KRAS G12C Inhibition in Non-Small Cell Lung Cancer
Understanding the role of

The KRAS G12C mutation drives cancer cell growth and survival1

KRAS G12C is a point mutation at codon 12 that causes a glycine to cysteine amino acid substitution.2

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See below for a deeper look into the role of KRAS G12C in cancer3

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KRAS G12C oncogenic signaling

  • In normal cells, KRAS cycles between an active and inactive state to regulate downstream signaling pathways, leading to cellular proliferation, differentiation, and survival4
  • In tumor cells, the active GTP-bound form of KRASG12C is favored, resulting in oncogenic signaling and tumorigenesis1

Watch the video below for a deeper look into the role of KRAS G12C in cancer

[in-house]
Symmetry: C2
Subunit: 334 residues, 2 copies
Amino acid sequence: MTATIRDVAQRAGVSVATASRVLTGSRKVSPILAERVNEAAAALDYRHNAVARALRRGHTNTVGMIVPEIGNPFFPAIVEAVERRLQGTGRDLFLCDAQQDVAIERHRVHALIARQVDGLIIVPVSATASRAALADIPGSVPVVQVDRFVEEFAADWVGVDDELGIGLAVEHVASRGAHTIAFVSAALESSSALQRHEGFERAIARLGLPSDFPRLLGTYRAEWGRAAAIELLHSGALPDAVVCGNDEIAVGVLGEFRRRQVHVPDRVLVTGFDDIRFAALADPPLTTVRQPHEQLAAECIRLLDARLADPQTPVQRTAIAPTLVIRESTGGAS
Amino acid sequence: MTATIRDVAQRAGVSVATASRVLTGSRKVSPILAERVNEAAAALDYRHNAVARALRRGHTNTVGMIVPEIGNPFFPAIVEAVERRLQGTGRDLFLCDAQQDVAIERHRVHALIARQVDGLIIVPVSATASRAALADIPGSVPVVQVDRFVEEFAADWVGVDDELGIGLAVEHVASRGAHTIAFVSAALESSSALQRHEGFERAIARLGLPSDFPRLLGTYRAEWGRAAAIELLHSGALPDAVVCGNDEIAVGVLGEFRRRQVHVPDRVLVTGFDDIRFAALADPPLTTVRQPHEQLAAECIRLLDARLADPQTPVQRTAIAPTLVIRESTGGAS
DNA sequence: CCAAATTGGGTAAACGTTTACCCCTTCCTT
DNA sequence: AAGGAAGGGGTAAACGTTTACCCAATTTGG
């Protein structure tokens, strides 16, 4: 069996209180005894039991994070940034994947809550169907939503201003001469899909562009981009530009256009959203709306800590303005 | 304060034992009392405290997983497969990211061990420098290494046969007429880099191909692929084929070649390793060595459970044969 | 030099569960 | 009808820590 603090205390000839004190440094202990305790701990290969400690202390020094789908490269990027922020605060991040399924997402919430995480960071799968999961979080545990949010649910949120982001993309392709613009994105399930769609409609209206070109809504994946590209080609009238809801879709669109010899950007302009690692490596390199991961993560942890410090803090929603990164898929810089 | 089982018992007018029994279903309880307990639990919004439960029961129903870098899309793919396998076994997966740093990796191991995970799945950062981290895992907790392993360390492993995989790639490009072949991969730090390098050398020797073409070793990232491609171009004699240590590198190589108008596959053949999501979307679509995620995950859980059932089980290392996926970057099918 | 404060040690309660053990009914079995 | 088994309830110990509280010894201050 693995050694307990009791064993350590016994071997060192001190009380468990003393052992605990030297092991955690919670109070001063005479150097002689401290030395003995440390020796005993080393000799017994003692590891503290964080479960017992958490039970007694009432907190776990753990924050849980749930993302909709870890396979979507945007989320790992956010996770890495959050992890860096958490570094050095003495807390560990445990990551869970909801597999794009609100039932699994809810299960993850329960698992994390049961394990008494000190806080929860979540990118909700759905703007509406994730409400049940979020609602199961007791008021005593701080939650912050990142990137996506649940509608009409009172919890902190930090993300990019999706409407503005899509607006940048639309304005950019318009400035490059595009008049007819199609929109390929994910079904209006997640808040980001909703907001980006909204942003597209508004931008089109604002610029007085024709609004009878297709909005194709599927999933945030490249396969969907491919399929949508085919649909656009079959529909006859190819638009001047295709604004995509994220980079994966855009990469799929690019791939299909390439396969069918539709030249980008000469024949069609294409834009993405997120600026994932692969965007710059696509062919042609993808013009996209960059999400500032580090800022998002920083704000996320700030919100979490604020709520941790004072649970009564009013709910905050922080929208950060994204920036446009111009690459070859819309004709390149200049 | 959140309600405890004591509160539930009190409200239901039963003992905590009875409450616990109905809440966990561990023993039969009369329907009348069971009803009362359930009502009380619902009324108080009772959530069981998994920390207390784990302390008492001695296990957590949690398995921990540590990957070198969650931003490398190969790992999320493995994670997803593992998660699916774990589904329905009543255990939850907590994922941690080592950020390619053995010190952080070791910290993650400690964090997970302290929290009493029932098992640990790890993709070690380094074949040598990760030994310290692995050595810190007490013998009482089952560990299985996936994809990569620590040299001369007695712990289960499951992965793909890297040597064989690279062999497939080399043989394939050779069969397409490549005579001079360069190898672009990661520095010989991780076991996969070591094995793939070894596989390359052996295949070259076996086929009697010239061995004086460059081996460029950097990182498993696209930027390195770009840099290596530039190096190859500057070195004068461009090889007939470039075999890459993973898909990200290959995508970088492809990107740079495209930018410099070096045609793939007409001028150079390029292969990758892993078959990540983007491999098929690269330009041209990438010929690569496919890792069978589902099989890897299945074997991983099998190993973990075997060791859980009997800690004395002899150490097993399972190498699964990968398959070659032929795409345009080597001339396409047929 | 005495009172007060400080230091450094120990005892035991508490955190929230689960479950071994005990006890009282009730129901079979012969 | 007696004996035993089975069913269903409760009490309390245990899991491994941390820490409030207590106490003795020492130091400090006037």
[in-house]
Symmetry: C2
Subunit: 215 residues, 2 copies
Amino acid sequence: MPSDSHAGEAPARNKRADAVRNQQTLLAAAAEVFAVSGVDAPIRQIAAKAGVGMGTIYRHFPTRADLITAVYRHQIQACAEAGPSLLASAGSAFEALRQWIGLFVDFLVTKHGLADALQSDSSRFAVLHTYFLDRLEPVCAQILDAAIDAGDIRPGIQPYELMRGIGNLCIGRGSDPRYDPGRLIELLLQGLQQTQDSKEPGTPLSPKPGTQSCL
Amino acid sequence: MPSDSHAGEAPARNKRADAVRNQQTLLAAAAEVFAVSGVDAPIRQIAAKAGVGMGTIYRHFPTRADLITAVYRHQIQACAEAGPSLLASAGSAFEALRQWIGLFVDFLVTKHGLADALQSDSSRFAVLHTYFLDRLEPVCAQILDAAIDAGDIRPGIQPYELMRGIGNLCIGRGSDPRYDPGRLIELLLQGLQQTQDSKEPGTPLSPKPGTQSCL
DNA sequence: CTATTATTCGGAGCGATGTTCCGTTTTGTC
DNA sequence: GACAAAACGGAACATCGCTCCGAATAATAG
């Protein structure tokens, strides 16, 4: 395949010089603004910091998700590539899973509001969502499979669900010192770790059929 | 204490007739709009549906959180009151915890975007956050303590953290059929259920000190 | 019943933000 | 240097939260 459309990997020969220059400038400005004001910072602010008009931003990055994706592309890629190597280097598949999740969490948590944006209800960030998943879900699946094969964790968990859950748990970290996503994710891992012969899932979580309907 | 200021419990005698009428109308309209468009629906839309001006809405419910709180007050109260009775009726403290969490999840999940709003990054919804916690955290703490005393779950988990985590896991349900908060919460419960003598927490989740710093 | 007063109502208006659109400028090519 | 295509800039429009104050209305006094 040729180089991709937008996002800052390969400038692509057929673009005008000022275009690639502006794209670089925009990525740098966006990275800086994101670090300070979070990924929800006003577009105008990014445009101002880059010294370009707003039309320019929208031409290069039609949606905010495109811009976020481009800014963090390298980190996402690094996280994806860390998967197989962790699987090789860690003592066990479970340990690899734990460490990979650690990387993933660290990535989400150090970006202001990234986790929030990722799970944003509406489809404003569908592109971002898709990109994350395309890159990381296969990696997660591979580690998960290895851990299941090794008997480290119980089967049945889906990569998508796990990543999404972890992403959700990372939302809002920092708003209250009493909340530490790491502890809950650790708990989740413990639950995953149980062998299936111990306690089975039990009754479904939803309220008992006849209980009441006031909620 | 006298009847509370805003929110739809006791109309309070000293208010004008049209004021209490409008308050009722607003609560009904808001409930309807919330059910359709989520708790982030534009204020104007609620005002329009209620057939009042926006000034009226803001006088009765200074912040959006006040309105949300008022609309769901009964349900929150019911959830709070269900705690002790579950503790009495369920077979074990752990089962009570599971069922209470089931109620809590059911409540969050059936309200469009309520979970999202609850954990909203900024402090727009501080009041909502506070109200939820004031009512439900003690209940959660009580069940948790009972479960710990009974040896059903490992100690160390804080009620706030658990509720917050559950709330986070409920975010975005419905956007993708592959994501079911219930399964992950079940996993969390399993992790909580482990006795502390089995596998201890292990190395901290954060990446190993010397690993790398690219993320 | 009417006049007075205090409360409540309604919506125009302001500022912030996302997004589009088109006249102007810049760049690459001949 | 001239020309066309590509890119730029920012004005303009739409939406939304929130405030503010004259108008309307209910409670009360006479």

Understanding KRASG12C represents an important approach that warrants further investigation

AKT, protein kinase B; EGFR, epidermal growth factor receptor; ERK, extracellular signal-regulated kinase; GDP, guanosine diphosphate; GTP, guanosine triphosphate; KRAS, Kirsten rat sarcoma; MEK, mitogen-activated protein kinase kinase; mTOR, mammalian target of rapamycin; NF-κB, nuclear factor kappa-light-chain-enhancer of activated B cells; NSCLC, non-small cell lung cancer; PI3K, phosphoinositide 3-kinase; RAF, rapidly accelerated fibrosarcoma; RAL, Ras-like; RTK, receptor tyrosine kinase.

References: 1. Ryan MB, et al. Nat Rev Clin Oncol. 2018;15:709-720. 2. Ihle NT, et al. J Natl Cancer Inst. 2012;104:228-239. 3. Neel NF, et al. Genes Cancer. 2011;2:275-287. 4. Ferrer I, et al. Lung Cancer. 2018;124:53-64.